To start, that means making an objective assessment about themselves and what they have to offer a man.  While it may gall feminists, when a lady hits 40, it’s a buyer’s market in the Wife category.  Trying to pretend you still have the attraction chops you did when you were 29 or even 36 just isn’t going to cut it.  And that often means a personally awkward come-to-Jesus conversation a woman has to have with herself.  That can be humbling.

    TPM encourages its women readers (and he has a large female following of women increasingly desperate to figure out where they are going wrong) to stop finding reasons to actively exclude the men they meet from consideration, and start finding reasons to include them.  As has been widely discussed both here and in more traditional dating advice blogs, single women commonly find “deal-breakers” about their dates far too readily. 

    Their standards are so high, and their sense of entitlement to a quality man and a thrilling relationship is so deep, that they cannot appreciate the rewards of a relationship with any realistic man.  Men fear rejection in the first place, and to be summarily judged and rejected because, for instance, they are into Civil War re-enactments or don’t have quite enough hair or don’t make more than their dates is insulting.  Being pre-insulted with a woman’s list of demands is indicative of later problems in a potential relationship, so the dudes move on.

    Secondly, TPM advocates rejecting the disrespectful tone toward women that is commonly advocated by feminism.  Women who openly complain about the number of “creeps and losers” they’re meeting with their profile often are revealing their own misandrous attitudes. 

    Complaining about exes is likewise disrespectful.  It goes without saying that pervs and axe murderers need not apply, so bringing that up isn’t doesn’t scream “good sense of humor” to a dude, it screams “judgey old entitlement princess”.  Men are attracted to a warm and appreciative woman, no matter how many feminist hackles that truth might raise.  A woman unwilling to respect men in general is likely going to be unwilling to respect an individual man in a relationship – therefore he skips over to the next one.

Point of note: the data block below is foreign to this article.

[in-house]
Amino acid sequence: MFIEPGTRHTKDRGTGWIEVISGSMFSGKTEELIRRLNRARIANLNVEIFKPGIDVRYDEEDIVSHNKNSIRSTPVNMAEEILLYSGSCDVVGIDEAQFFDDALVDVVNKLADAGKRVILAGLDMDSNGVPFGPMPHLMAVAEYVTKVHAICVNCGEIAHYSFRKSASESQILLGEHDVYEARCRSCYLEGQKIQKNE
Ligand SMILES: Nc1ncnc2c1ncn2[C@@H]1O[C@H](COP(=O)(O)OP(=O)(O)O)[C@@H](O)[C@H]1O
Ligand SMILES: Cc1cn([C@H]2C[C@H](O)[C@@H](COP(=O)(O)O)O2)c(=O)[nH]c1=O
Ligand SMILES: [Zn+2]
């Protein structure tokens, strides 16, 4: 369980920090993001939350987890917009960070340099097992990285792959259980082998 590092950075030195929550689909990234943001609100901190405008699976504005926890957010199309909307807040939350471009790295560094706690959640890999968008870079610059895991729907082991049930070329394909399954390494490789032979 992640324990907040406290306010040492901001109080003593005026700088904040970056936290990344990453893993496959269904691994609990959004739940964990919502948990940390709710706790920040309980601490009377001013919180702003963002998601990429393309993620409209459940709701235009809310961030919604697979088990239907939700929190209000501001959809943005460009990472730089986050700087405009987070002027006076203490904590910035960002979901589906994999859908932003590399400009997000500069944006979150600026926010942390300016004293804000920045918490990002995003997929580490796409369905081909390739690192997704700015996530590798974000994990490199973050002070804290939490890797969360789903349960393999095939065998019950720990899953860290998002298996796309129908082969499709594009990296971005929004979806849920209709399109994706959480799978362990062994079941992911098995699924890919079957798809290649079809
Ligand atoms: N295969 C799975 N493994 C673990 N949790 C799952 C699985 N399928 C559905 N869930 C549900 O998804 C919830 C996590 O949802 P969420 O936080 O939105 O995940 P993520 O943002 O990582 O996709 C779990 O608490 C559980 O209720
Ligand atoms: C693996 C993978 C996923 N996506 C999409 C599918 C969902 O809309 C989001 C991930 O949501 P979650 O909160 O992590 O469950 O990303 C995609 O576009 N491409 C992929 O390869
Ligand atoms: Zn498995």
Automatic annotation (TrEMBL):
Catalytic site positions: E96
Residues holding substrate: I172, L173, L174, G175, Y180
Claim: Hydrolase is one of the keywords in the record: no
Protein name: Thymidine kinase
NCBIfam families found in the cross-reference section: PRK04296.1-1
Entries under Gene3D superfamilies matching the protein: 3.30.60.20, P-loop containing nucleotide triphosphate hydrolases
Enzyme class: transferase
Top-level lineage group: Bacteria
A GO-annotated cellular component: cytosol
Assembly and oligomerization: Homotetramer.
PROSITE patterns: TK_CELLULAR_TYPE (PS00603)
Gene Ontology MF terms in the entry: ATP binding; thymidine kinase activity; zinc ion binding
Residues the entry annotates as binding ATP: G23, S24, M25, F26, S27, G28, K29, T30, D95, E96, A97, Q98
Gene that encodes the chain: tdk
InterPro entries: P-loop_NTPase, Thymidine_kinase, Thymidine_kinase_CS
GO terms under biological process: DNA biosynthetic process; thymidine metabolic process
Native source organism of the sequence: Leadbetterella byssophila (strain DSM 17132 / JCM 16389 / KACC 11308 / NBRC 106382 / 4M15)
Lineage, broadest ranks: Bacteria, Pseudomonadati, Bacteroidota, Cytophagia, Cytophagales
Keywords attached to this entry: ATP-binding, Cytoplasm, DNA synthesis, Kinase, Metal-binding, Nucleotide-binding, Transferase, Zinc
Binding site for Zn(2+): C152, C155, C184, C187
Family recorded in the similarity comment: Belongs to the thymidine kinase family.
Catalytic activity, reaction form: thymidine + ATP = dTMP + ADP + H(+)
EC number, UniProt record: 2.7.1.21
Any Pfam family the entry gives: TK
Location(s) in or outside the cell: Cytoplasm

Thirdly, the denizens of TPM encourage women to embrace their femininity.  Both by posting more attractive pictures of themselves (men are far more willing to discard a profile because of an unfavorable picture than women are) and by being more warm and inviting in their profiles.  Masculine men are attracted to feminine women, and listing qualities better suited to getting you invited to the neighborhood poker game are not going to be the ones that are going to make a mature man consider you as a mate. 

    For some women, the commenters lament, discovering their own femininity at this stage of life is an impossible prospect.  And just as a woman can decide within the first ten seconds whether or not she’ll sleep with a guy, even the densest dude can pick up on subtle sexual signals, even if it’s at the subconscious level.  When your date shows up in a pant suit and not a skirt, a dude knows he can do better at this stage of life. 

    That’s what irks the bewildered women who find their way to The Private Man in search of help.  All those years trying to be taken seriously by men in the workplace has cultivated an attitude and a presentation that makes them not get taken seriously in the Sexual Market Place.  They turn to their girlfriends (who usually have fared no better themselves) for advice, which most men in the Manosphere understand is the kiss of death.  The last place either gender should go for dating advice is middle-aged single women.

    But hope springs eternal.  The women who manage to keep from being offended garner some meaningful advice from the site, and the men who go there refine their game in this demographic, as well as impart some wisdom of their own on the subject.